The Fresh Loaf

News & Information for Amateur Bakers and Artisan Bread Enthusiasts

5-Grain Levain from Hamelman's "Bread"

dmsnyder's picture
dmsnyder

5-Grain Levain from Hamelman's "Bread"

Today, I baked Hamelman's "5-grain Levain" from "Bread."


Various TFL blogs have featured this bread. They can be found by searching the site. The recipe was posted by fleur-de-liz here: Eric: Hamelman's Five-Grain Levain. She was a very active contributor to TFL at the time I joined and an inspiration to me. She encouraged me to bake this bread for the first time way back when. It is, indeed, among the most delicious breads I've ever made or tasted.




David

Comments

ananda's picture
ananda

Hi David,


My Level 5 students made this bread a couple of years ago.   I think we had to adapt the soaker ingredients to what we had available in our stores.


Yes, it's a great formula and is so moist on account of water levels using the soaker.


Great job.


Best wishes


Andy

dmsnyder's picture
dmsnyder

I've never had the cracked rye for which the formula calls. I've always subbed pumpernickel flour. I do have some rye berries now, but I didn't want to crack them.


As you say, this is a very moist bread and, between the effects of the levain and that of the soaker, it has amazing keeping qualities.


David

arlo's picture
arlo

Spectacular crust color David. Enjoy the loaves!

ehanner's picture
ehanner

Your 5 grain levain looks wonderful David. This is the bread that convinced me I needed to purchase the book "Bread" by Jeff Hamelman. I did and have been a respectful follower of the author ever since. The complex flavor of he 5 grain makes it one of my favorites also. Great post as usual.


Eric

SaraBClever's picture
SaraBClever

I just ordered Bread and can't wait for it to arrive!  Thanks for the preview.

GSnyde's picture
GSnyde

David,


There was a time in the late '60s (you were already a medical student), when my friends could utter no better compliment than the single word: "Psychedelic! (always followed by an exclamation point or several).  The exclamation was applied to any object or concept that produced joy, whether sensory, emotional or intellectual.  And there was much joy among those "freaks" (a word with positive connotations in those days among those people).


The pattern of the brotform and the scoring on those loves is totally psychedelic!!


In other words, a joy to behold.


Glenn

dmsnyder's picture
dmsnyder

Hi, Glenn.


I kinda missed out on popular culture 1965-76 being otherwise occupied. Thanks for the historical update.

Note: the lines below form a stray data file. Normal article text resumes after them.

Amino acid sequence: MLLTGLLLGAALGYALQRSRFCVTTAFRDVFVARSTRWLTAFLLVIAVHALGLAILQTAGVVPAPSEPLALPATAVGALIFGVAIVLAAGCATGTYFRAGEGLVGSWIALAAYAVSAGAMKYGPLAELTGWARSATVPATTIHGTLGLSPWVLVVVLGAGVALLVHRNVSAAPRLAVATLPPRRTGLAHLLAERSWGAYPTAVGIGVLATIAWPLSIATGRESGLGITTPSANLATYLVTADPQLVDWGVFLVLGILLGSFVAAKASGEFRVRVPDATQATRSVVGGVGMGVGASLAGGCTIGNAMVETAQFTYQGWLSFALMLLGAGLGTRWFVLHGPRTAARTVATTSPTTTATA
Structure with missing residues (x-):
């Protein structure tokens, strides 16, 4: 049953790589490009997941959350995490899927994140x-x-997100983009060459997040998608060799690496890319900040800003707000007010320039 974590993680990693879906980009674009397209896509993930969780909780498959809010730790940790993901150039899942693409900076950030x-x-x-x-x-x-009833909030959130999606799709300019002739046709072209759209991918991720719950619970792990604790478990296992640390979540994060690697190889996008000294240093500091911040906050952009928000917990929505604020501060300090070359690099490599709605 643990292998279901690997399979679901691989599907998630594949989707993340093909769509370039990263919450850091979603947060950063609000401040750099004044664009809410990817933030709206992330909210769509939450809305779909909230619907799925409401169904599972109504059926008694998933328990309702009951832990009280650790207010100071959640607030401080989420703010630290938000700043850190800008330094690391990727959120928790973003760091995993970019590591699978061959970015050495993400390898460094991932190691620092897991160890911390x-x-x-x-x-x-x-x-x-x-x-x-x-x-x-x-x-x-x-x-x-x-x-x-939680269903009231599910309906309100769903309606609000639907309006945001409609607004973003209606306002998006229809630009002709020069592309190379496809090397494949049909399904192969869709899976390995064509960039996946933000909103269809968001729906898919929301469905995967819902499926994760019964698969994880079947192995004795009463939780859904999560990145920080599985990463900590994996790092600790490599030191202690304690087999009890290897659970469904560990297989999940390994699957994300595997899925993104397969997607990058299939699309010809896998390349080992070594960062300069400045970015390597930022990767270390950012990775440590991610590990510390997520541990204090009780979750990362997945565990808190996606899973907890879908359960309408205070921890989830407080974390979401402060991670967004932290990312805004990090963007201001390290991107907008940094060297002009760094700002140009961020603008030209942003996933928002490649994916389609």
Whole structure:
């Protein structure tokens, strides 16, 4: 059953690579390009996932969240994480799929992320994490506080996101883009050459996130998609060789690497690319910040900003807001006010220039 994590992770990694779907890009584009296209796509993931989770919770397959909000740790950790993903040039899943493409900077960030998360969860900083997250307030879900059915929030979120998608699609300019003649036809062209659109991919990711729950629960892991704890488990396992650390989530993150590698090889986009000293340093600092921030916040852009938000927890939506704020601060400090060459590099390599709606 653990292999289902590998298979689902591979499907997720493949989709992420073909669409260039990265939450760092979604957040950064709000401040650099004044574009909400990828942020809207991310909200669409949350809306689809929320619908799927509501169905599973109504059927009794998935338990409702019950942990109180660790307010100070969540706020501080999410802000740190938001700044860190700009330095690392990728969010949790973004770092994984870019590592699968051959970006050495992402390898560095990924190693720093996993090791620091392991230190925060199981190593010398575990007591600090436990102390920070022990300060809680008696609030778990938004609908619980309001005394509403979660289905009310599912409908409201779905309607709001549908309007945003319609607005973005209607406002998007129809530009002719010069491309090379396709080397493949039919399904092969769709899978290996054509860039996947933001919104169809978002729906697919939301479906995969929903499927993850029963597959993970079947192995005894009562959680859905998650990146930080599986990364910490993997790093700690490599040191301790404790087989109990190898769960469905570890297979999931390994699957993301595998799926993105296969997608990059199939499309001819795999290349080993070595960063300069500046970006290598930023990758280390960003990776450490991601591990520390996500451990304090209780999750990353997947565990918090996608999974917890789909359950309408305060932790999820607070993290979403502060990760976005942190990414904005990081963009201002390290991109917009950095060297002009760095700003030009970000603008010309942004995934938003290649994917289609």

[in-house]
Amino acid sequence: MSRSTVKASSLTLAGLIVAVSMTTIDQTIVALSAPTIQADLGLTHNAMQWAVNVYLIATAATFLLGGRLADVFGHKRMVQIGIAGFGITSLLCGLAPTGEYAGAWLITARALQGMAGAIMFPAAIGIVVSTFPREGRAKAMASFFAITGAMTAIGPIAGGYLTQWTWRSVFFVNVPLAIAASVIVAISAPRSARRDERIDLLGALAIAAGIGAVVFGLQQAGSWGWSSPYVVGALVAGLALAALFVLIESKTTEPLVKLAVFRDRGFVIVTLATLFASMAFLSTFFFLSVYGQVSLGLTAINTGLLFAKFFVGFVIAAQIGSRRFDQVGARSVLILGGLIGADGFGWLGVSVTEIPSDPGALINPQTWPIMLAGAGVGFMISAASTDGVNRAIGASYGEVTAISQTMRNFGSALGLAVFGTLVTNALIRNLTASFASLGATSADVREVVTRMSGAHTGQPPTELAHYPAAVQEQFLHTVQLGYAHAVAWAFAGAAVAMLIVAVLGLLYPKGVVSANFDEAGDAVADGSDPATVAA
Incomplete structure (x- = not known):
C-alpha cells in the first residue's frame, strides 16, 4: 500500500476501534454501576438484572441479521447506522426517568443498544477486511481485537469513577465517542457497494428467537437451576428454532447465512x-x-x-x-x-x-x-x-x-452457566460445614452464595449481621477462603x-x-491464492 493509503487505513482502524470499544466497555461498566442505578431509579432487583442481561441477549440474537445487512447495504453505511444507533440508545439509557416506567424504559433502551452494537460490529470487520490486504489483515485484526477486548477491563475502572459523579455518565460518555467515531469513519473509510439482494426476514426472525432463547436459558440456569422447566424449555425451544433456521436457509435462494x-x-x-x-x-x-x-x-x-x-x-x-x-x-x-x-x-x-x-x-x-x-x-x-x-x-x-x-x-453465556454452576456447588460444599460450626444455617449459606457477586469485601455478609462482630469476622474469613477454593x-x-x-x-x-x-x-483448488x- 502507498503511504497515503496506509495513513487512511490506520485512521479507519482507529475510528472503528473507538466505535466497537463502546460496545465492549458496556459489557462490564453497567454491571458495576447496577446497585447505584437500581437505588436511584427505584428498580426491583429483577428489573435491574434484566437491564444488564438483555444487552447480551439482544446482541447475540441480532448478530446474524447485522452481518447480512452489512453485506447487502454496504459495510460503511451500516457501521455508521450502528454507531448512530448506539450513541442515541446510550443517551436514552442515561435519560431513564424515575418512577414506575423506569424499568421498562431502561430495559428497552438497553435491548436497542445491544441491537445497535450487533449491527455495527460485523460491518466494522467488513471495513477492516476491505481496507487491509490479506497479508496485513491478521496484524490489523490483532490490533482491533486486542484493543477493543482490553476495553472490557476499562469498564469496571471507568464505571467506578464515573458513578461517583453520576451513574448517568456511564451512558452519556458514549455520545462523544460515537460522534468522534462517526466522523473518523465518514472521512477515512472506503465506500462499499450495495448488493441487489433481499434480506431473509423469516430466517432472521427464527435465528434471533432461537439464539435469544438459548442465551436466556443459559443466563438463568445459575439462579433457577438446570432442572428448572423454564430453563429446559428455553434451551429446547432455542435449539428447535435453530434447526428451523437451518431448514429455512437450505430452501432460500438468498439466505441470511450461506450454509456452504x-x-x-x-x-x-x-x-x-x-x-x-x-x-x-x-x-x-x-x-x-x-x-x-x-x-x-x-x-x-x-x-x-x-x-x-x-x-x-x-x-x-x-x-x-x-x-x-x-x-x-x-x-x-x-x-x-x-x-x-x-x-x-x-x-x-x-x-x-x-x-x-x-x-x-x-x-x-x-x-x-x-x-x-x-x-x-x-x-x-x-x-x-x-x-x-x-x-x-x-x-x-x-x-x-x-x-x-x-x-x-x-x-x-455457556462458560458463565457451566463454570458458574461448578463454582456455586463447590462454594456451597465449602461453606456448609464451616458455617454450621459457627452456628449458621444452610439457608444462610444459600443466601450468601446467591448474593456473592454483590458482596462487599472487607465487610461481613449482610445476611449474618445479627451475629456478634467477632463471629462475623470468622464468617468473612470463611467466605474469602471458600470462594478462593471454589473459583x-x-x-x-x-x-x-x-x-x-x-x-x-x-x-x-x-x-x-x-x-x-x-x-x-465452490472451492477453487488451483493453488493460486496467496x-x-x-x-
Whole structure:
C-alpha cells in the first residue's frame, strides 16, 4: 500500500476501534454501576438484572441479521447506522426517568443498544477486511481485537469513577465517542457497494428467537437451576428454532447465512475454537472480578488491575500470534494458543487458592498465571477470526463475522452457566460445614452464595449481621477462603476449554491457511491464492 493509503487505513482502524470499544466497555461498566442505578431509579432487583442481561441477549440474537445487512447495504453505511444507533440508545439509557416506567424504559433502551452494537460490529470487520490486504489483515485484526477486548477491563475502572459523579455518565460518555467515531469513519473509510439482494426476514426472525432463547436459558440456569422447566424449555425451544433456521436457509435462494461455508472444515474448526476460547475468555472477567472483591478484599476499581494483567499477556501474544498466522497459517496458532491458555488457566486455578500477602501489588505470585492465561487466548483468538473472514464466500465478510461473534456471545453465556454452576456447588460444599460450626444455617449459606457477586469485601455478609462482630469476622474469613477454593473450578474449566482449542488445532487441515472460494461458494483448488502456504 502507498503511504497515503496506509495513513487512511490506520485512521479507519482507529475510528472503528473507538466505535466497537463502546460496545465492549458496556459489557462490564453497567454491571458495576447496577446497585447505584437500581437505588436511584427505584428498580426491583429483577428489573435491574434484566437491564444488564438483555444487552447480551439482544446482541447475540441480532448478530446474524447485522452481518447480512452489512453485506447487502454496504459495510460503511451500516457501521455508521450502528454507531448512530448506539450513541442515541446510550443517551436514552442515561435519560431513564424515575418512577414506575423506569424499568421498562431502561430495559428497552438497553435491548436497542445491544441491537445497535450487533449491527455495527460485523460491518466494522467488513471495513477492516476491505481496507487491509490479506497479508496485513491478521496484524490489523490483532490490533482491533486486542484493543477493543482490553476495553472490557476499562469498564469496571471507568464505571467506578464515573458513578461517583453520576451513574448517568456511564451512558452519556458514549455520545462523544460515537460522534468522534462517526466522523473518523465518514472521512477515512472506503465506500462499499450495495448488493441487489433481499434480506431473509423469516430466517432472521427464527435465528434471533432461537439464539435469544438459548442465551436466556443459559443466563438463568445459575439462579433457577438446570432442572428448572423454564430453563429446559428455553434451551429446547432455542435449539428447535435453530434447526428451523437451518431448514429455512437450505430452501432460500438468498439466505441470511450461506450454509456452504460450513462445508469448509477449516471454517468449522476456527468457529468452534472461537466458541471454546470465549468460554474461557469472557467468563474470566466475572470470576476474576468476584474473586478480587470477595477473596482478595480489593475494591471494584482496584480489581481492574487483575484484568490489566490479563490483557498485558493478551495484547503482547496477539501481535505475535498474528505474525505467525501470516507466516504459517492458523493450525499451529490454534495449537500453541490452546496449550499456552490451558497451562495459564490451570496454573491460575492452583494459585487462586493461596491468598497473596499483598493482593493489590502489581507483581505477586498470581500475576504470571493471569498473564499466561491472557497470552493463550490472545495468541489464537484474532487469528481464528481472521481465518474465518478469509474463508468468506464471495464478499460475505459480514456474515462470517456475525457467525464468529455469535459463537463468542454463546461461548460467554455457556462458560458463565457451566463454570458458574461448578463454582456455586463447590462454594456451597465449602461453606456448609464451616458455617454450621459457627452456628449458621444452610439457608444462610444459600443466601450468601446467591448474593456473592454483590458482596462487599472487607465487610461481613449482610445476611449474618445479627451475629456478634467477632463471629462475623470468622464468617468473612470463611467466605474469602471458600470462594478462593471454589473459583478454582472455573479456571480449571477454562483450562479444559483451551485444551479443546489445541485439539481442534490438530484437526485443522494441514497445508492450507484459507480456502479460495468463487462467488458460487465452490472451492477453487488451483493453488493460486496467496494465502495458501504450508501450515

The popular expletive I remember best is "Far out!"


San Francisco, 1969: One night when I was an intern on call in the ER, a young adult male was brought in with a policeman holding each arm. He was not unhappy. He was obviously fascinated by that which only he was seeing. Every few seconds, he would shout, "Far out!"


The nursing aides got him into a bed and got out his wallet, looking to find out who he was. They found his I.D.. One said, "Hey! He's active duty army!" "Far out!," said the other. A few seconds later, more I.D. was located. "Hey! He's an M.P.!" The aides looked at each other and spoke in chorus, "Faaaar out!"


David

hansjoakim's picture
hansjoakim

Radical, dude! Fabulous levains, David :)



Far out:


1. Unusual or eccentric; very advanced. for example, Painting blindfolded, that's far out, or Her child-rearing theories are far out.
2. An interjection meaning "great" or "cool," as in All he could say when he won the lottery was "Far out!" Originally a slang term for daringly creative jazz, this expression has been applied to other art forms and undertakings. [Colloquial; mid-1900s]



http://www.yourdictionary.com/idioms/far-out

dmsnyder's picture
dmsnyder

David

SylviaH's picture
SylviaH

Everything about them says flavor and healthly.  I love the fact that you can pick and choose your favorite grain/seed combo.  Yumm!


Sylvia 

dmsnyder's picture
dmsnyder

David

Mebake's picture
Mebake

Yum! David, Great looking loaves.


I'll try my luck at this poplular recipe!


thanks

dmsnyder's picture
dmsnyder

Do make it. I'm sure you will enjoy it.


David

hanseata's picture
hanseata